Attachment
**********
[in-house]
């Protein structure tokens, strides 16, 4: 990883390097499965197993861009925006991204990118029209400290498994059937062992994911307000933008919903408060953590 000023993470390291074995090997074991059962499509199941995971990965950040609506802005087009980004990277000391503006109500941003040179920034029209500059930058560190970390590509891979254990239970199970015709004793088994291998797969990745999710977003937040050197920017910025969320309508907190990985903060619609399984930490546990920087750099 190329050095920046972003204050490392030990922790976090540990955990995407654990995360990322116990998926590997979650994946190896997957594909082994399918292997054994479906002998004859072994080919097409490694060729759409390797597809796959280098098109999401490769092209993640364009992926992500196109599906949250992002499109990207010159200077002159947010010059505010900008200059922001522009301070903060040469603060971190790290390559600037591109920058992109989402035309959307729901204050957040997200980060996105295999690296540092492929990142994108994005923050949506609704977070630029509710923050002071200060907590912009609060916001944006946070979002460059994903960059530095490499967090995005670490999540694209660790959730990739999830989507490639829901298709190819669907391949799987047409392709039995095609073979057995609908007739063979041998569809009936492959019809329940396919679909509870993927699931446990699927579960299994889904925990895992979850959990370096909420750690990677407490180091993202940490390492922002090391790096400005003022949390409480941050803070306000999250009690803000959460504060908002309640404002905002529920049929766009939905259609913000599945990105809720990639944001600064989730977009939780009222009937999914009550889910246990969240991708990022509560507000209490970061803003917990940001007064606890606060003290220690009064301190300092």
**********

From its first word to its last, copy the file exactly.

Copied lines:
[in-house]
């Protein structure tokens, strides 16, 4: 990883390097499965197993861009925006991204990118029209400290498994059937062992994911307000933008919903408060953590 000023993470390291074995090997074991059962499509199941995971990965950040609506802005087009980004990277000391503006109500941003040179920034029209500059930058560190970390590509891979254990239970199970015709004793088994291998797969990745999710977003937040050197920017910025969320309508907190990985903060619609399984930490546990920087750099 190329050095920046972003204050490392030990922790976090540990955990995407654990995360990322116990998926590997979650994946190896997957594909082994399918292997054994479906002998004859072994080919097409490694060729759409390797597809796959280098098109999401490769092209993640364009992926992500196109599906949250992002499109990207010159200077002159947010010059505010900008200059922001522009301070903060040469603060971190790290390559600037591109920058992109989402035309959307729901204050957040997200980060996105295999690296540092492929990142994108994005923050949506609704977070630029509710923050002071200060907590912009609060916001944006946070979002460059994903960059530095490499967090995005670490999540694209660790959730990739999830989507490639829901298709190819669907391949799987047409392709039995095609073979057995609908007739063979041998569809009936492959019809329940396919679909509870993927699931446990699927579960299994889904925990895992979850959990370096909420750690990677407490180091993202940490390492922002090391790096400005003022949390409480941050803070306000999250009690803000959460504060908002309640404002905002529920049929766009939905259609913000599945990105809720990639944001600064989730977009939780009222009937999914009550889910246990969240991708990022509560507000209490970061803003917990940001007064606890606060003290220690009064301190300092």